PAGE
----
Directed by Mike Nichols • With Meryl Streep, Kurt Russell and Cher
Based on true life events surrounding the life of nuclear power plant whistle-blower, Karen Silkwood, Mike Nichols’s Texas-set drama is host to a trio of fine performances, headed up by Meryl Streep in the title role.
Working from a screenplay co-written by Nora Ephron and Alice Arlen, the script pin-pricks the gritty feeling of the surroundings and locations with good moments of humour. Meryl Streep is engaging, portraying a strong, yet anxious woman fighting back against her employers’ surreptitious disregard for health and safety.
Given the subject matter, Nichols ensures each environment has the tinge of poison. Streep, Kurt Russell and Cher all smoke their way through the film, lighting up in cars, in bed, at work. Meanwhile, Russell guzzles cans of beer, while Cher keeps a steady stock of stale food in the fridge. All this before we’ve even started talking about plutonium exposure.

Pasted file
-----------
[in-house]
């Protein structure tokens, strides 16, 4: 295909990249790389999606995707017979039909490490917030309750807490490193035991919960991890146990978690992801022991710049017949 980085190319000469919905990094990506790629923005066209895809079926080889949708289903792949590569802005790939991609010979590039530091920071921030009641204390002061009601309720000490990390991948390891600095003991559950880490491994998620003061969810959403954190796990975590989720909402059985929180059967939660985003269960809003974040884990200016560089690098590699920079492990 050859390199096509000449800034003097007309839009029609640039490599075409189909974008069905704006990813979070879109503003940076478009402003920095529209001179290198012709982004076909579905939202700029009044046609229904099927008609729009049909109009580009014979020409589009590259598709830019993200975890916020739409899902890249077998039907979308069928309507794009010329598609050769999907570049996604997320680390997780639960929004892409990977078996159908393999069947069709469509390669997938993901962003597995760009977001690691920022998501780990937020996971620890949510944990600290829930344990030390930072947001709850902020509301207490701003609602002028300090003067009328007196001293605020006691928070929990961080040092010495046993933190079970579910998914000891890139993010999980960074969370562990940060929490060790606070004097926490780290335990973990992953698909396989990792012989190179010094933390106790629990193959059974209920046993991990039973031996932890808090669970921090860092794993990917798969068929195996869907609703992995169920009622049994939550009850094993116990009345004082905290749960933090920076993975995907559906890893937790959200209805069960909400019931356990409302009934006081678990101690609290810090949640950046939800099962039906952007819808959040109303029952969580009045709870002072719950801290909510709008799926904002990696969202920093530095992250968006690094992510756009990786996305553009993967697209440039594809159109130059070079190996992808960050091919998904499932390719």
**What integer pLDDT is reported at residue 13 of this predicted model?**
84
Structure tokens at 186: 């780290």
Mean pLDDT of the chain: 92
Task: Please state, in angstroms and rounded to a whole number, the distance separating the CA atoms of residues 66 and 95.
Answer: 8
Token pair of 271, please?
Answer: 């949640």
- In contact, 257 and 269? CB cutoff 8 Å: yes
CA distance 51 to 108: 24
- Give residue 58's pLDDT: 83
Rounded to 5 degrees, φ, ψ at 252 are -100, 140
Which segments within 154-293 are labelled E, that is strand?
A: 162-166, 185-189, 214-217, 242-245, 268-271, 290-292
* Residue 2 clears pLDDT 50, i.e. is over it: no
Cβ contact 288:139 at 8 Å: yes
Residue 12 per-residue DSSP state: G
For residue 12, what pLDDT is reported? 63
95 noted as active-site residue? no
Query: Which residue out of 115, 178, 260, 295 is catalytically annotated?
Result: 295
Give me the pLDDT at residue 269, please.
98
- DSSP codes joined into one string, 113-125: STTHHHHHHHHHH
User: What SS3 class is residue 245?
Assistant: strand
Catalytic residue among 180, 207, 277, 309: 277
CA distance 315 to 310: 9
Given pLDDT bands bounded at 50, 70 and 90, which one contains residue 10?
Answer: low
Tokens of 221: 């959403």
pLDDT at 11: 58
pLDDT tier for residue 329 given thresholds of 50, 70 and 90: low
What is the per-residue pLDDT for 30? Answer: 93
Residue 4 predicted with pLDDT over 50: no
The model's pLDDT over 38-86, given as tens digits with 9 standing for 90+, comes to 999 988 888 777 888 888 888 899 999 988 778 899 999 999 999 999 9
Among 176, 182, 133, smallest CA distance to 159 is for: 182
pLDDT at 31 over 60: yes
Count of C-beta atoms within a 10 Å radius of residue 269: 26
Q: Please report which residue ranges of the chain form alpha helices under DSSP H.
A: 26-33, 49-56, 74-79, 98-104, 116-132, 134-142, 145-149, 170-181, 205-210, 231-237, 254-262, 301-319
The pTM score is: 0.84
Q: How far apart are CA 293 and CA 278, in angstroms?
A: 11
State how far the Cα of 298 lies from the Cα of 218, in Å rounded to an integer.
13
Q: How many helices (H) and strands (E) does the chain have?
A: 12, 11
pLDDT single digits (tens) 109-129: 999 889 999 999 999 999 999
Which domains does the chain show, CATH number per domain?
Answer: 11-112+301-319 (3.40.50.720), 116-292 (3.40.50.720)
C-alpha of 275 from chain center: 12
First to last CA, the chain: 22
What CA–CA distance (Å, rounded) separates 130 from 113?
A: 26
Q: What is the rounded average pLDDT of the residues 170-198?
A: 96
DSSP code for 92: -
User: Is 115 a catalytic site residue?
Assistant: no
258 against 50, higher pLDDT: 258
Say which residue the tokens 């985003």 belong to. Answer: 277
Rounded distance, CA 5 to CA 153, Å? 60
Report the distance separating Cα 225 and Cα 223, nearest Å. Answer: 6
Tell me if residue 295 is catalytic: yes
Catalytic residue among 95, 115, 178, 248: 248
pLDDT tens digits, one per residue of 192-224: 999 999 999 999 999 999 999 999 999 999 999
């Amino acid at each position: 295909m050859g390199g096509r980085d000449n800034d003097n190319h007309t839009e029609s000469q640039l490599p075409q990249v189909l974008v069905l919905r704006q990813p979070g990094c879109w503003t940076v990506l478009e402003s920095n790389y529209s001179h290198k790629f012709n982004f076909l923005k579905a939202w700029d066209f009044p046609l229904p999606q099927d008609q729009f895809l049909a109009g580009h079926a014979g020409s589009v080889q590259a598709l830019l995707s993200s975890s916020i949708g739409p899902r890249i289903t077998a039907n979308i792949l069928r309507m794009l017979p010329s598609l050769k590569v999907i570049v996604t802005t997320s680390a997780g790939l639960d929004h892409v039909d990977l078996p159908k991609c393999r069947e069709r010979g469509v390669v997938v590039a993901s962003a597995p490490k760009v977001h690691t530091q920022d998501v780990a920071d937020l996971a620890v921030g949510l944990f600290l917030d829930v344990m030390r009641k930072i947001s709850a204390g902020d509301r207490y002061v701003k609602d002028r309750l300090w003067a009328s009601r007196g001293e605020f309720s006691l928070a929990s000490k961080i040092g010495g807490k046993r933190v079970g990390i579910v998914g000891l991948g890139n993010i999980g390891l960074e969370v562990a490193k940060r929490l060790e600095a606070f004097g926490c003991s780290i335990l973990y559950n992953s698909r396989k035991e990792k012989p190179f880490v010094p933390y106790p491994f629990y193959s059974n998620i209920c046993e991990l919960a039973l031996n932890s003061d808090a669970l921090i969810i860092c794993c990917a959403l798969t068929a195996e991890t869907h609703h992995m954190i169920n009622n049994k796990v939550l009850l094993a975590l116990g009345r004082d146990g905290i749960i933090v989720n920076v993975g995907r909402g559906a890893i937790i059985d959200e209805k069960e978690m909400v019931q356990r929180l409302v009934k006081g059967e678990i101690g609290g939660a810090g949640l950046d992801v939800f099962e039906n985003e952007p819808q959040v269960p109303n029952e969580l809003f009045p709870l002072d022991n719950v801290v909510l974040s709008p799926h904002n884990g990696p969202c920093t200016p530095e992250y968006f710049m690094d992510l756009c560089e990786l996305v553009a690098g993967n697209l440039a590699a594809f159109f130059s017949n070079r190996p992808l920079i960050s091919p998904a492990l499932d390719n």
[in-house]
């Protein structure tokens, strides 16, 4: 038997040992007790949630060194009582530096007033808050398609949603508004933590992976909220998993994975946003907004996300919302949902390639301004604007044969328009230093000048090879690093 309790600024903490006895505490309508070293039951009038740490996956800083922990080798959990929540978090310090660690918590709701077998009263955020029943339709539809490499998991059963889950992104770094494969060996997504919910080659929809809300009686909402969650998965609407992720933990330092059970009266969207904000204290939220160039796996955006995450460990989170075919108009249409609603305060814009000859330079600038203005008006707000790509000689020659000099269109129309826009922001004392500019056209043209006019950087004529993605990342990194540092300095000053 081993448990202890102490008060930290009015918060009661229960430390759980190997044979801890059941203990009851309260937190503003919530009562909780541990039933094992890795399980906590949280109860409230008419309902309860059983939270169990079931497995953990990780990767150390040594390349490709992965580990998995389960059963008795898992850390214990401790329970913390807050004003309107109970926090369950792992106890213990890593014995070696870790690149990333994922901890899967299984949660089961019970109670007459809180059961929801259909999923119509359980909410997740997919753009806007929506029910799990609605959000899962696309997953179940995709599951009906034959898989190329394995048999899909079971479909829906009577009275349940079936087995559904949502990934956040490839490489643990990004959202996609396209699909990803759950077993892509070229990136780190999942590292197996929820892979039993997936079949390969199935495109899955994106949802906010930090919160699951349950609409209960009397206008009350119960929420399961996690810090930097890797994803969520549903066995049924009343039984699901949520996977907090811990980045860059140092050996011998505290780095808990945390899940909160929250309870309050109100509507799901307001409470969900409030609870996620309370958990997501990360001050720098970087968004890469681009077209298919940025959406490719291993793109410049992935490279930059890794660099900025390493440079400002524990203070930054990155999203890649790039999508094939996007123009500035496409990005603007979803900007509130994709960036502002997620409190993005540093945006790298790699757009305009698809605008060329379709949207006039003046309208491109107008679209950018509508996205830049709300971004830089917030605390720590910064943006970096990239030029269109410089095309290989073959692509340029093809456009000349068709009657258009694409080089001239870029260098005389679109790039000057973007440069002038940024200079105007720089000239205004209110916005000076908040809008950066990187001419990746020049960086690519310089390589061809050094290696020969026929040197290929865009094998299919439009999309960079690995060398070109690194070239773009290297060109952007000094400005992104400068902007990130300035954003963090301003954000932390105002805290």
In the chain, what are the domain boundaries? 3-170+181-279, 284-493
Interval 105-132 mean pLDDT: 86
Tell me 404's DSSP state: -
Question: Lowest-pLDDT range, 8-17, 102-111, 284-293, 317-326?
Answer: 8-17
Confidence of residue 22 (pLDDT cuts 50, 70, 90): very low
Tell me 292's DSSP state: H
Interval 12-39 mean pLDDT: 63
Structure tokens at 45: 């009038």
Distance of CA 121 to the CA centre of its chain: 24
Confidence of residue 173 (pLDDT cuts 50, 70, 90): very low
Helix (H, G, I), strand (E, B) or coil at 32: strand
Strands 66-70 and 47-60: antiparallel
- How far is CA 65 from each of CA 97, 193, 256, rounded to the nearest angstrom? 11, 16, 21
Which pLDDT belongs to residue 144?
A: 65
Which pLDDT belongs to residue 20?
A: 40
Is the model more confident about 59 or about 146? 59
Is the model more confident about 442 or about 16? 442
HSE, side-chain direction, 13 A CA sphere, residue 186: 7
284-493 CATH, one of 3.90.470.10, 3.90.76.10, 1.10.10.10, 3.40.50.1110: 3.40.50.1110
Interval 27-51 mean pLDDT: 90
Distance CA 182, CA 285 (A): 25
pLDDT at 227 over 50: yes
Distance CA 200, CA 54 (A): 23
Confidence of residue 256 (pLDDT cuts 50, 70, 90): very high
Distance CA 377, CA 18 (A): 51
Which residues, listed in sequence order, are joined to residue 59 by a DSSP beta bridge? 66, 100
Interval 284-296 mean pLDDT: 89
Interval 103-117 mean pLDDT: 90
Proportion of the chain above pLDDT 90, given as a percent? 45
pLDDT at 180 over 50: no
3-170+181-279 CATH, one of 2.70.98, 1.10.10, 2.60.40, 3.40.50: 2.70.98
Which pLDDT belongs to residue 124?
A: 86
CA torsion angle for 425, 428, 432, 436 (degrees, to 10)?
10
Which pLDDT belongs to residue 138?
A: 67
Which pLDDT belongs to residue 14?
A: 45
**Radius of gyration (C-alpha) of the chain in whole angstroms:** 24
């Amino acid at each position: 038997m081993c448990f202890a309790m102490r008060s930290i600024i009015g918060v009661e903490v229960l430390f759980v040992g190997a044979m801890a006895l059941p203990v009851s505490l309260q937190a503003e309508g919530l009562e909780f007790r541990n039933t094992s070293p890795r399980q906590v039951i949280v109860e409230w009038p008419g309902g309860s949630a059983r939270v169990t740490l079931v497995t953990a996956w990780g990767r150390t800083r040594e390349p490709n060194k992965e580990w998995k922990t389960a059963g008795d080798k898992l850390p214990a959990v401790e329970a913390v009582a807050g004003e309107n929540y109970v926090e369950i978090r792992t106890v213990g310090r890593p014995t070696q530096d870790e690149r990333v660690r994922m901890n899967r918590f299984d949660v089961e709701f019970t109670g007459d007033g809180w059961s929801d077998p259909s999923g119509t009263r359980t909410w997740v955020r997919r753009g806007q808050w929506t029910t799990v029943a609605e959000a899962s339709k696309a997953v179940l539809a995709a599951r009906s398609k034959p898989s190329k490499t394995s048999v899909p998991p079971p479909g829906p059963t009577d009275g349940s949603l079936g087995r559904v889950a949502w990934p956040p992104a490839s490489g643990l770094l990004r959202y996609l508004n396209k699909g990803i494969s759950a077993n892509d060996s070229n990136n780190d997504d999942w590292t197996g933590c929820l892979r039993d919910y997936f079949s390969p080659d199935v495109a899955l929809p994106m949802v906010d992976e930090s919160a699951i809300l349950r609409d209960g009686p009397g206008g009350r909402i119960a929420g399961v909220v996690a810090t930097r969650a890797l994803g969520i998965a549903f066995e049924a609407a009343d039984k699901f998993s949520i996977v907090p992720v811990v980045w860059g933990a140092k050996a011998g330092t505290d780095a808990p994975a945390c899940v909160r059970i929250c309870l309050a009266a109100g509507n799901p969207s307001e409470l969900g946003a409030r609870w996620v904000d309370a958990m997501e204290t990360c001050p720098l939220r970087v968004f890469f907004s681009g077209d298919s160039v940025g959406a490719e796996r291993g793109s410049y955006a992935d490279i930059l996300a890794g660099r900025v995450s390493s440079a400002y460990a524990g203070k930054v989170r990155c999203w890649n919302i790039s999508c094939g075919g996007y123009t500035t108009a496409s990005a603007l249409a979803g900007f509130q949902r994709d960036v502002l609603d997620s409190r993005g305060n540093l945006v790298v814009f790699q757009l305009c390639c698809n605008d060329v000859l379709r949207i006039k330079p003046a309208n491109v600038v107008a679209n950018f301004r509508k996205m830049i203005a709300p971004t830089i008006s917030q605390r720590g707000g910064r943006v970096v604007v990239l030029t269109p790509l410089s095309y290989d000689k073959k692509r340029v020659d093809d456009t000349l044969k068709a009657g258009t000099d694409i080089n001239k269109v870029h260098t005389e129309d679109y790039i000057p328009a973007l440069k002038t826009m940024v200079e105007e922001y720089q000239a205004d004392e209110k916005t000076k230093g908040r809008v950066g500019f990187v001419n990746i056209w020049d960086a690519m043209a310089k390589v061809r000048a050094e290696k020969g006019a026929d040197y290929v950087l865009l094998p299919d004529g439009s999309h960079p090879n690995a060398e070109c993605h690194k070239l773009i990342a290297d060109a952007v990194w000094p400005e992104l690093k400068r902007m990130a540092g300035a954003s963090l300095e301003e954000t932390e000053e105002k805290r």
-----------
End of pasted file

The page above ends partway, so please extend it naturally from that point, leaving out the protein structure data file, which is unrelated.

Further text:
On a wider note, the film takes a hefty swipe at corporations and big business, in the way it depicts employees as expendable assets. On a smaller scale, it’s a sad window into the world of three people caught up in a situation with which we can all sympathise. Nichols’s direction is steady and unfussy, keeping the focus of his lens on Streep throughout. Recommendation enough.